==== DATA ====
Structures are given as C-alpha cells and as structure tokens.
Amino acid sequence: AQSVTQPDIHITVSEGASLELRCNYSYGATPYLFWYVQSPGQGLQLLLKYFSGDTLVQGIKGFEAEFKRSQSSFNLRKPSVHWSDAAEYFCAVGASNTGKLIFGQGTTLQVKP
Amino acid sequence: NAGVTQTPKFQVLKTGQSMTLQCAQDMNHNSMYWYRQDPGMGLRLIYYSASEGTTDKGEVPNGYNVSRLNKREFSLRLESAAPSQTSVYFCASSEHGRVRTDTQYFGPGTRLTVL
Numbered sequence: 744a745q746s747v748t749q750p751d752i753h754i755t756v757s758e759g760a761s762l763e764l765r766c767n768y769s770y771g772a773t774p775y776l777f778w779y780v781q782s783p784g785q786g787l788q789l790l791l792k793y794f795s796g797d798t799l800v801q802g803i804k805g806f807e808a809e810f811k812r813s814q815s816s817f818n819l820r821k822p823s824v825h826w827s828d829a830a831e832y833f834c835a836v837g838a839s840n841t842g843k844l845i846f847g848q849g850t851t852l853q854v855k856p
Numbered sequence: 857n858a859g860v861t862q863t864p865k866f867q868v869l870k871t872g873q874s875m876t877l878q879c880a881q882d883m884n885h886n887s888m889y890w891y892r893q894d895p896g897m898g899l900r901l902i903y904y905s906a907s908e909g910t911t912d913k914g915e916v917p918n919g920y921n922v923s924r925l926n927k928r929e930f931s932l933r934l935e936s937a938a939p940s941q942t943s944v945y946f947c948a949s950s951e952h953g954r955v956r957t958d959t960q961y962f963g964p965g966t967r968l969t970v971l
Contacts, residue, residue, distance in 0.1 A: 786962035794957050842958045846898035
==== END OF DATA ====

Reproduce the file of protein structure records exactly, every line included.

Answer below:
Structures are given as C-alpha cells and as structure tokens.
Amino acid sequence: AQSVTQPDIHITVSEGASLELRCNYSYGATPYLFWYVQSPGQGLQLLLKYFSGDTLVQGIKGFEAEFKRSQSSFNLRKPSVHWSDAAEYFCAVGASNTGKLIFGQGTTLQVKP
Amino acid sequence: NAGVTQTPKFQVLKTGQSMTLQCAQDMNHNSMYWYRQDPGMGLRLIYYSASEGTTDKGEVPNGYNVSRLNKREFSLRLESAAPSQTSVYFCASSEHGRVRTDTQYFGPGTRLTVL
Numbered sequence: 744a745q746s747v748t749q750p751d752i753h754i755t756v757s758e759g760a761s762l763e764l765r766c767n768y769s770y771g772a773t774p775y776l777f778w779y780v781q782s783p784g785q786g787l788q789l790l791l792k793y794f795s796g797d798t799l800v801q802g803i804k805g806f807e808a809e810f811k812r813s814q815s816s817f818n819l820r821k822p823s824v825h826w827s828d829a830a831e832y833f834c835a836v837g838a839s840n841t842g843k844l845i846f847g848q849g850t851t852l853q854v855k856p
Numbered sequence: 857n858a859g860v861t862q863t864p865k866f867q868v869l870k871t872g873q874s875m876t877l878q879c880a881q882d883m884n885h886n887s888m889y890w891y892r893q894d895p896g897m898g899l900r901l902i903y904y905s906a907s908e909g910t911t912d913k914g915e916v917p918n919g920y921n922v923s924r925l926n927k928r929e930f931s932l933r934l935e936s937a938a939p940s941q942t943s944v945y946f947c948a949s950s951e952h953g954r955v956r957t958d959t960q961y962f963g964p965g966t967r968l969t970v971l
Contacts, residue, residue, distance in 0.1 A: 786962035794957050842958045846898035